Disney’s latest dog-lovers film, begins with the blurry image of dogs running. We soon see the lead dog, the blue-eyed black and brown fuzzy dog named Togo, who goes straight past a herd of caribou. The driver, in more fur than a high society wealthy woman on a NYC winter, looks back to see storming weather as he crosses icy slopes.
“It looks biblical enough,” the driver, Leonhard Seppala (Willem Dafoe) will later tell the townsmen in a meeting. Yet at the time, he had told his dogs, “There’ll be full bellies and warm beds, tonight.” That was a promise before the long cold nights ahead. That’s a promise that many people make when they first get a dog and more than a few fail to keep.
“Togo” is about the 1925 serum run to Nome. The Great Race of Mercy became the inspiration for the annual Iditerod sledding race where today’s mushers are carefully monitored to make sure their dogs aren’t run to death. Disney’s movie means to honor to true hero of the run, the titular Togo who was twice given away by Seppala because he was “undersize, unintelligent, untrainable.” Togo was saved early on by Seppala’s wife Constance (Julianne Nicholson) as a pup. He calls her “too soft-hearted.” She tells him, “You’re too Norwegian.”
Seppala warns her, “Your cur will reward your kind nature with anarchy” and its fun to see a pup causing chaos before he matures into the dog that will nearly run himself to death and save a town. The ending is assured but we do have fun getting there if you love just seeing cute animals outwit humans against beautiful scenes of wilderness at different seasons. Director Ericson Core knows how to give us both the intimate quieter scenes and the scenes of “biblical” troubles, including a harrowing crossing of a bay as the ice begins to break. Core’s cinematography often allows the edges to blur, reminding us of both the narrowed vision from the center of a storm as well as a different time.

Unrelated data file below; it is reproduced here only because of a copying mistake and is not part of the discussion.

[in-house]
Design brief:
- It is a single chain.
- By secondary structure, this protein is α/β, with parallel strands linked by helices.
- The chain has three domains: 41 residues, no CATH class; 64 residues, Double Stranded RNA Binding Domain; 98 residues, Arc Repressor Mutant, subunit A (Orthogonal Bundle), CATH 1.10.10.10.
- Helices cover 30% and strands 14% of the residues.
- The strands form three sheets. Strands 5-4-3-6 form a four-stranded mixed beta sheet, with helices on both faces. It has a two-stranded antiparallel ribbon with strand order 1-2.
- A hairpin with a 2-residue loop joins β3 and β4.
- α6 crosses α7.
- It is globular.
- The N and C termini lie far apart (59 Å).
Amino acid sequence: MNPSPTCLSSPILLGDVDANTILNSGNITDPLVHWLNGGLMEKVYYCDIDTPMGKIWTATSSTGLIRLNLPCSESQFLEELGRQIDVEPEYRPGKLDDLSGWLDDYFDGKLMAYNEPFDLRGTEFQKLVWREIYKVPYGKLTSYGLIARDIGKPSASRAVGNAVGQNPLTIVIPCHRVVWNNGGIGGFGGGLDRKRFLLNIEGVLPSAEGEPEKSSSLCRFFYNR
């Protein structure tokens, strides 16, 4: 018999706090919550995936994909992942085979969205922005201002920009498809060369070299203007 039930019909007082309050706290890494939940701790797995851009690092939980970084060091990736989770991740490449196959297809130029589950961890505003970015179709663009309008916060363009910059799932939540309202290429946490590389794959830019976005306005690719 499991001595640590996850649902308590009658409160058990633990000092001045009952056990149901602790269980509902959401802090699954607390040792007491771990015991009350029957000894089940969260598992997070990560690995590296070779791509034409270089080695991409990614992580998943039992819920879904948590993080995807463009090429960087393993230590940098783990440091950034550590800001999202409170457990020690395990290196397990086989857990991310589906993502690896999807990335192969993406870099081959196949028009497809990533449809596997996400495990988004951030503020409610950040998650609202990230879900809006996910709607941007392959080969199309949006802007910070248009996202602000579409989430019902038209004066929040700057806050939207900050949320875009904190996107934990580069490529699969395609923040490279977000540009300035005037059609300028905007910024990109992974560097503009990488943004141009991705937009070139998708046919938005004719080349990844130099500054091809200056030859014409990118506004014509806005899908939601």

It is important to remember that the 1920s was a different time for dogs.
In 1911, an expedition led by the Norwegian Roald Amundsen reached the South Pole a month before the ill-fated expedition of British Robert Falcon Scott. Amundsen began his journey with 52 dogs. He reached the pole with 16. Only 11 dogs survived. The majority of the dogs were butchered, to feed both the men and their fellow pack members. Amundsen was practical, but admitted that the killing of the dogs affected the men, but he knew the value of these dogs and how the natives used them.
Seppala got his start with dogs that were supposed to be used by Amundsen in a North Pole expedition in 1913. According to “The Cruelest Miles: The Heroic Story of Dogs and Men in a Race Against an Epidemic,” Amundsen cancelled his expedition and the dogs were given to Seppala.
The 1920s was also a different time for world politics. When Heihachirō Tōgō died in 1934 at age 86, he was honored with a naval parade that had ships sent by the UK, US, France, Italy and China. In 1913, when the dog who would become Tōgō was born, Tōgō the man had already served as a captain in the Sino-French War (1884-1885), the Sino-Japanese War (1894-1895) and as a Commander-in-Chief during the Russo-Japanese War (1904-1905). He was not part of World War I (1914-1918); He was already 65 at the start of that war and out of active service. Japan fought on the same side as the US, UK, France and Italy during World War I, despite the racism that was evident in the laws of the US and other countries. Tōgō had been educated in England.
Amundsen would disappear into the unknown in 1928, during a rescue mission for the airship Italia. Amundsen was in twin-engine flying boat that has never been found; he was 55. Amundsen never married and, unlike Robert Falcon Scott, left no widow. Togo would outlive him and be euthanized in 1929 at age 16.
While in the movie Seppala tells his wife, “Nature has its way of sorting things out,” he was disappointed that his dog Togo wasn’t recognized. Yet even when the news gets history wrong, time and magazines and books have a way of sorting things out. Balto may have been known as the hero of the run (with Fox being ignored), but the truth has come out. Or at least a Disney version of the truth. While in the film, Seppala and Togo end their days together, Togo sired many pups and died at a kennel in Maine. Although they parted, Seppala always said that Togo was the best dog he ever owned and the best sled dog ever. By the 1920s standards and even today’s standards, Togo was lucky to survive. Demon dogs often do not. Some dogs don’t even have to be particularly challenging if they find themselves the object of fad buying.